Nanfu Wang and Lynn Zhang focus on life in ‘One Child Nation’

Ben Mendelsohn in ‘Babyteeth’ (Photo: Lisa Tomasetti).

Three years ago, Nanfu Wang emerged as a documentarian to watch with her highly praised Hooligan Sparrow, premiering at the Sundance Film Festival and ultimately winning the top documentary prize from the Independent Spirit Award. Hooligan Sparrow told the story of how the Chinese government targeted activists, and telling that story made Wang a target as well. That fact led to her partner with director Lynn Zhang on their new film, One Child Nation. Although China’s strict population control policy is well known, One Child Nation attempts to pull the curtain back on how they were carried out and the lasting impact it had on families. Read FF2 Media’s full review HERE.

Lesley Coffin: You had your baby right before filming, but did you conceive of the movie because of that or did it come about with the policy change?

Nanfu Wang: The very first time I thought of making the film was when the policy change first happened. I was speaking with one of the people who would become our producer, Christopher York, and we went for coffee in New York. The policy had just changed, and he asked me what I thought about it, probably because I was the only Chinese person he could ask. And I started talking about the policy, assuming of course that I was an expert. When he asked how the system had affected me, and I told him it didn’t because I have a younger brother. But it was when I became pregnant that I started having more questions about the one-child policy and started talking to my mom about her experiences. And her answers helped me realize how little I knew about it.

Lesley Coffin: And in terms of the policy change, it isn’t that the policy has completely changed, just that instead of one child couples can have two.

Right, but the penalties for having a third child will likely be hefty fines. Lynn Zhang: Depending on where people leave, it can be two to ten times their household incomes. But in general, the government is encouraging and in some cases forcing people to have more children because the country doesn’t have enough young people. There are a lot of advertisements on TV, and the newspapers publish articles claiming having children isn’t a private matter, it’s a public matter.

Lesley Coffin: So the state is still very involved in childbearing and family planning?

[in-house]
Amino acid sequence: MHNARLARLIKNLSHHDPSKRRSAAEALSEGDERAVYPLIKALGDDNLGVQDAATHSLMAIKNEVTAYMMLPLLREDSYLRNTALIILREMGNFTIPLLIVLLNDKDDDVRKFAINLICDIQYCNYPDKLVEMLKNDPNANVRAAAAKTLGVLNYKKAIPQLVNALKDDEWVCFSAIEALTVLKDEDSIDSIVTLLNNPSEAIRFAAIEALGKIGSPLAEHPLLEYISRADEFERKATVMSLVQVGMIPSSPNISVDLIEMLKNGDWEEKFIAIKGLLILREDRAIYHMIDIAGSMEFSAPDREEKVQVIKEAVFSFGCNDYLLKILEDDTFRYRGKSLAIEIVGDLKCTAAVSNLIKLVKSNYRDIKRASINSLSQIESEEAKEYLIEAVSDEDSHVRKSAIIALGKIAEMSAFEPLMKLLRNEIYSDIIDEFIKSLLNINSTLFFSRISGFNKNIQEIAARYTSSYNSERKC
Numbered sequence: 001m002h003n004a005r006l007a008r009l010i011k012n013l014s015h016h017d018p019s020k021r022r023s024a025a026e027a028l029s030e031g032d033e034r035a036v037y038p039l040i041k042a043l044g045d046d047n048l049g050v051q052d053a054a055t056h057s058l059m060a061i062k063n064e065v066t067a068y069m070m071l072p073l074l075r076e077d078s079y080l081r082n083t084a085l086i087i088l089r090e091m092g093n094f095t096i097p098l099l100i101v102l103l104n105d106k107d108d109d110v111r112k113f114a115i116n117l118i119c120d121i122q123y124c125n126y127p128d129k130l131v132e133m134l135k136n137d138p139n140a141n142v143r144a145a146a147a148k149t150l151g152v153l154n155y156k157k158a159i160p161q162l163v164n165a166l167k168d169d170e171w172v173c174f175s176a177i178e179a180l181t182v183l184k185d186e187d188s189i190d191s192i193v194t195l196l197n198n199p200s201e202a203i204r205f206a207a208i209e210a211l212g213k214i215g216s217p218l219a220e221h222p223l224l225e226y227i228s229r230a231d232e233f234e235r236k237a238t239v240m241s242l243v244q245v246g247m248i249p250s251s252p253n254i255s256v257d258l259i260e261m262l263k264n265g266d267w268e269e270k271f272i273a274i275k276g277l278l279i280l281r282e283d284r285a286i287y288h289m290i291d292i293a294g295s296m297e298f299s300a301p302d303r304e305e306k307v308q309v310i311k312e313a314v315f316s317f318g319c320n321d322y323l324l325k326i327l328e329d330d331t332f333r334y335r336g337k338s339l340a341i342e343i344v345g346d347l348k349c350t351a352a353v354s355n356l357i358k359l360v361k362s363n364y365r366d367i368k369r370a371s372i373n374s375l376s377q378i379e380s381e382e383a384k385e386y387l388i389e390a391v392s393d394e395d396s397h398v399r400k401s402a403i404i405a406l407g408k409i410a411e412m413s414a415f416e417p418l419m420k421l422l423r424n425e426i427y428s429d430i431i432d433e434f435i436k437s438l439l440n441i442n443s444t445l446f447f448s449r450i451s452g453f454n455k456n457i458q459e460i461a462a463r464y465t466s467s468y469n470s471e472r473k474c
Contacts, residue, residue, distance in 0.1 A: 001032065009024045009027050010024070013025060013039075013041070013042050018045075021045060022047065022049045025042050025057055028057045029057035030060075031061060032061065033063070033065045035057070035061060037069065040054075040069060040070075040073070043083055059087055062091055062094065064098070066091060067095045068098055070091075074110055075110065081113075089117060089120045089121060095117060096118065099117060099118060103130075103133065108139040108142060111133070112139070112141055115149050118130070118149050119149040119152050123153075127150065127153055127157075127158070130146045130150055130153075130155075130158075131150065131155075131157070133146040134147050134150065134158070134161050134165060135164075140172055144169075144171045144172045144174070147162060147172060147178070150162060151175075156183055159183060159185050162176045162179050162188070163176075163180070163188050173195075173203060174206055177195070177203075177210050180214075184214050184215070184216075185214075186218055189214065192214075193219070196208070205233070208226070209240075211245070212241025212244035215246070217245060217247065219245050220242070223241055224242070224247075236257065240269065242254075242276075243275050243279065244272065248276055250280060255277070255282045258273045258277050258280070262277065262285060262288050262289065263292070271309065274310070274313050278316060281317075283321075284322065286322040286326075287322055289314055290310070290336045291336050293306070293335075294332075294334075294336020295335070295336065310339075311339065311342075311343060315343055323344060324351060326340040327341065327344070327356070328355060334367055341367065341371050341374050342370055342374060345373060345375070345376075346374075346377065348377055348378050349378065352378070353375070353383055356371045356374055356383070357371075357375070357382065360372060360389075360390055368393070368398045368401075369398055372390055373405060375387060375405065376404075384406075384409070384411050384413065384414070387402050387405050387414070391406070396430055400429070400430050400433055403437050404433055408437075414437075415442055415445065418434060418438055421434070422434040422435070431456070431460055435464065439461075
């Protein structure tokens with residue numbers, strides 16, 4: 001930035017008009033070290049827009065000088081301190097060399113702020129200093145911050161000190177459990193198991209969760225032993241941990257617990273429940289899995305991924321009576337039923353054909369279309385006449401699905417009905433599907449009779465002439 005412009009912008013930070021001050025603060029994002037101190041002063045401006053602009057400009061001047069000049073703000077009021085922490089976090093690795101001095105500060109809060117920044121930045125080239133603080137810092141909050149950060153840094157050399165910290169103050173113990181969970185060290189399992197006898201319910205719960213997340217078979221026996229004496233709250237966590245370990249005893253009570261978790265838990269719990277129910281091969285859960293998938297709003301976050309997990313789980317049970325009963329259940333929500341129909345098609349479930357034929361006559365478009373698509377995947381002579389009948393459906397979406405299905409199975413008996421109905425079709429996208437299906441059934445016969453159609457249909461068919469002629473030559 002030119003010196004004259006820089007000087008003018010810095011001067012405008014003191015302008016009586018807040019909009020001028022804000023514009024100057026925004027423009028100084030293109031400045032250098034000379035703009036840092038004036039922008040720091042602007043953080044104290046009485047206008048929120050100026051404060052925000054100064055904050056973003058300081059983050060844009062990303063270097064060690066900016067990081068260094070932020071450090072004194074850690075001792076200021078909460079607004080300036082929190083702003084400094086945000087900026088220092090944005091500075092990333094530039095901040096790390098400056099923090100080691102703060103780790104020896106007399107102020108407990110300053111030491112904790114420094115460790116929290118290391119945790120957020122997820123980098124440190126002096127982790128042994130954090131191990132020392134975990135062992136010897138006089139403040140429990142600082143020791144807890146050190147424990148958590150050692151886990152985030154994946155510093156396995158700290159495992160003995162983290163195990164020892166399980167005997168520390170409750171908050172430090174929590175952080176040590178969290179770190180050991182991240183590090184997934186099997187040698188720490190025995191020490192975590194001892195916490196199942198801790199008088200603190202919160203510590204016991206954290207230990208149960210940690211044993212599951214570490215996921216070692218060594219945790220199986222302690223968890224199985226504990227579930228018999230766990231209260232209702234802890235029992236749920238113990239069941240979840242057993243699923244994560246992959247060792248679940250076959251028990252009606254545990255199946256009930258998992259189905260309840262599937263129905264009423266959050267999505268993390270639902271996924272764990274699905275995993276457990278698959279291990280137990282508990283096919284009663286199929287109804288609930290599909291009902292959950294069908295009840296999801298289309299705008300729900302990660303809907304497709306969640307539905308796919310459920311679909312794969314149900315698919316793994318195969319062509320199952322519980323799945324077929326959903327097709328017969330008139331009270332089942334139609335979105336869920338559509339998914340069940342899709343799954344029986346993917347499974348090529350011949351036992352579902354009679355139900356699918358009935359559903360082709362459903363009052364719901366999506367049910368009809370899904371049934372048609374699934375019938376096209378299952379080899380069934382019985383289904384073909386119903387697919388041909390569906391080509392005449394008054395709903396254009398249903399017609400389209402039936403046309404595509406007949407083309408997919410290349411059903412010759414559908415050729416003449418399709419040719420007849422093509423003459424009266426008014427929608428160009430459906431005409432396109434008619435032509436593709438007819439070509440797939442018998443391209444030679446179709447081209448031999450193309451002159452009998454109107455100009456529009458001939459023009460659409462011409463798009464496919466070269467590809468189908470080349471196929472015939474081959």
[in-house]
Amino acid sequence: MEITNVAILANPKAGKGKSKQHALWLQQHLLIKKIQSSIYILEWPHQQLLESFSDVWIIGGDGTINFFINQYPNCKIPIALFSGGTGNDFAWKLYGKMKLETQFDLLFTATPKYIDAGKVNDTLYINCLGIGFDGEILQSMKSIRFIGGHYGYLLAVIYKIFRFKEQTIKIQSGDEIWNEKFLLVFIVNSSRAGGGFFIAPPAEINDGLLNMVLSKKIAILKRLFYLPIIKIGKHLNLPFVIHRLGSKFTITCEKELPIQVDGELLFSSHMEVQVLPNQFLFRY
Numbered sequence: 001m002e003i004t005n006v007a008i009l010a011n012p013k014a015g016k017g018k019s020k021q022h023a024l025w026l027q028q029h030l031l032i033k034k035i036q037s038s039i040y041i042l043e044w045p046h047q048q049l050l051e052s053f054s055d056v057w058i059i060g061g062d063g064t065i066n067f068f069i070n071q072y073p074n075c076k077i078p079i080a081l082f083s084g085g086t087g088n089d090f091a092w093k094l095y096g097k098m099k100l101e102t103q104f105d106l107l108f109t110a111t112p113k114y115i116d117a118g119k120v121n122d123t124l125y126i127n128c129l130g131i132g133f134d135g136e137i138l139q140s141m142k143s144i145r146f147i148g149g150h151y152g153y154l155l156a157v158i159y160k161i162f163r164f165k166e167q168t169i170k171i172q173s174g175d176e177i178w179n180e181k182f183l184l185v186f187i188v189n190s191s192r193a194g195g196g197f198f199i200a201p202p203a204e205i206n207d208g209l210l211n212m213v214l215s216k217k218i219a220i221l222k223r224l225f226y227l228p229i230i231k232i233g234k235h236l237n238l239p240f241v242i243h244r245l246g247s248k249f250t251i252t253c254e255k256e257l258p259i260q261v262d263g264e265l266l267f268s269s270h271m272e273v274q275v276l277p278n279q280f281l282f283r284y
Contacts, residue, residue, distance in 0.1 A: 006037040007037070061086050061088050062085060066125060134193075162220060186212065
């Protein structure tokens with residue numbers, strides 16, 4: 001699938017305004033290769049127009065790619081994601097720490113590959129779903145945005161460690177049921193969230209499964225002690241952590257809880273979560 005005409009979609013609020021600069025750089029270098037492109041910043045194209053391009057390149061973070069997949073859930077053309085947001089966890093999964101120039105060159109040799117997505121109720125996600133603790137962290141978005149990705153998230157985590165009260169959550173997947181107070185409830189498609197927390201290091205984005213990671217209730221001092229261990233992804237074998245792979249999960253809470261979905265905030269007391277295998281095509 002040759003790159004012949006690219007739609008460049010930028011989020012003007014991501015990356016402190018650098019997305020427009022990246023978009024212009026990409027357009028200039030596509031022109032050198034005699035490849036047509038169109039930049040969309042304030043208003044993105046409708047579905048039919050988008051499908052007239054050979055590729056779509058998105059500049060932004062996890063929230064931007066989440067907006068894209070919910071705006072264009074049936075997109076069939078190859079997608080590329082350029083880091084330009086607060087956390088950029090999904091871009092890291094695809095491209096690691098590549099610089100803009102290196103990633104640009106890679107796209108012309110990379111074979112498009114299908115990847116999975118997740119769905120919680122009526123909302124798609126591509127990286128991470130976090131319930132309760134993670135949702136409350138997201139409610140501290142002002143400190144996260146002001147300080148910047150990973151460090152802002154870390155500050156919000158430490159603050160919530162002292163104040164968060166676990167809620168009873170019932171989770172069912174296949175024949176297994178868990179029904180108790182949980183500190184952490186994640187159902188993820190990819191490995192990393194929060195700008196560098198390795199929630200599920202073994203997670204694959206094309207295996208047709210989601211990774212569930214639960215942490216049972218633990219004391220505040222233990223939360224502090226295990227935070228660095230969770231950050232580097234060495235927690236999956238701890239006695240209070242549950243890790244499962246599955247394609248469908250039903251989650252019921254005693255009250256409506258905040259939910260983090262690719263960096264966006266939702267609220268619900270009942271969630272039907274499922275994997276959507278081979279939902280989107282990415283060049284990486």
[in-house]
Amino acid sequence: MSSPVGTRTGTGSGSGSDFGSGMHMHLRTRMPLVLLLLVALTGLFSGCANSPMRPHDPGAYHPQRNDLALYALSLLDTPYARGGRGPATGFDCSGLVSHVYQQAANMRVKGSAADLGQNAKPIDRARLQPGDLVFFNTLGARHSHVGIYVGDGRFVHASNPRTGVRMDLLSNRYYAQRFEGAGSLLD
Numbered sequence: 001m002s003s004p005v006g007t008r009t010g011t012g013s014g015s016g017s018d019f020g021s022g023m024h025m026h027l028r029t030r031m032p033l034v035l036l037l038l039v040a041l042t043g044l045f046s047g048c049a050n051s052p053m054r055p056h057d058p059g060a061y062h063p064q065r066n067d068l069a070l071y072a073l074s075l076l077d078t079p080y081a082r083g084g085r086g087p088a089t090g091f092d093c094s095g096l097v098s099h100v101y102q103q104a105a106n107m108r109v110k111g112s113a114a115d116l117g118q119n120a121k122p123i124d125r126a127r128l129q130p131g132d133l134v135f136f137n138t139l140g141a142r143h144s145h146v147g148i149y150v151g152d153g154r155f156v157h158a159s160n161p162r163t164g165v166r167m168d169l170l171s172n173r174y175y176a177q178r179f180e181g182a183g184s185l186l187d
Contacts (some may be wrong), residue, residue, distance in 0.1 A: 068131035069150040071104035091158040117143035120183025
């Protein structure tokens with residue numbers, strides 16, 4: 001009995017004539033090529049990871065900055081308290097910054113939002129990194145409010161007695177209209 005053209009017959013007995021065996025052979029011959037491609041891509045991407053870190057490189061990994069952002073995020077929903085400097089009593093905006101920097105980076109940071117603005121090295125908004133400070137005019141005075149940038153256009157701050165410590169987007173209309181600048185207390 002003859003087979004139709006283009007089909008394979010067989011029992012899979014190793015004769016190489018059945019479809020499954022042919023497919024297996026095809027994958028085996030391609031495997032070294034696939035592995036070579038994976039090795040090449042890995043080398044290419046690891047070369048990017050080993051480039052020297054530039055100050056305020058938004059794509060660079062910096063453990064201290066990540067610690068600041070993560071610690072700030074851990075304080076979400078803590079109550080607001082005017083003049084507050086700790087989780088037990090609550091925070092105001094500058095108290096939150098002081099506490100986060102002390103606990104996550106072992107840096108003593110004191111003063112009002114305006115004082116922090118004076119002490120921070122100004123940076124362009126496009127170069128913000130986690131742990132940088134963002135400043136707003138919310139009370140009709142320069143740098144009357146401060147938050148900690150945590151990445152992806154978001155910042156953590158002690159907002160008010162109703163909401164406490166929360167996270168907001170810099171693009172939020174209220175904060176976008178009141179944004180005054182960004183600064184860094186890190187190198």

Nanfu Wang: Absolutely. There are a lot of rules over reproductive rights. The national agenda, whether to control the population or create a larger workforce, is always put ahead of personal choice or individuality.

Lesley Coffin: One of the things the film addresses is the issue of international adoptions which occurred because of this policy, especially Chinese girls. When both of you came here to go to school, were you surprised by how many Chinese Americans were here because of that?

Nanfu Wang: Before we made this film, I remember seeing how many adopted Chinese American had been adopted but didn’t think that closely about the reason. I just assumed there were a lot of children who had been abandoned, but I didn’t know why they would have chosen to go to China to adopt. It was when I started making the film and especially after I met Brian that I realized why.

Lynn Zhang: Yeah, I was aware that a lot of children were adopted from China, but we weren’t told the details about why that happened or the state’s involvement.

Lesley Coffin: After deciding to make the film, when did you chose to co-direct?

Nanfu Wang: I had just made Hooligan Sparrow and wasn’t sure if I could go back to China. That film was a very political and sensitive subject, so there was a possibility that I wouldn’t be allowed back in the country. And there was always the possibility that I’d start the film and then the police would show up, endangering our subjects and the filmmaking. So at the very beginning, I reached out to Lynn to ask her if she’d collaborate.

Lynn Zhang: I traveled to China more in the beginning, but after Nanfu had her child and it seemed that no one would be after her, I encouraged her to make more trips to China for the filming.

Lesley Coffin: You were a bit of a character in Hooligan Sparrow, but in this film, you have your own child on your lap during some of the interviews, and it feels far more personal. Why did you feel that was the most effective way to tell the story?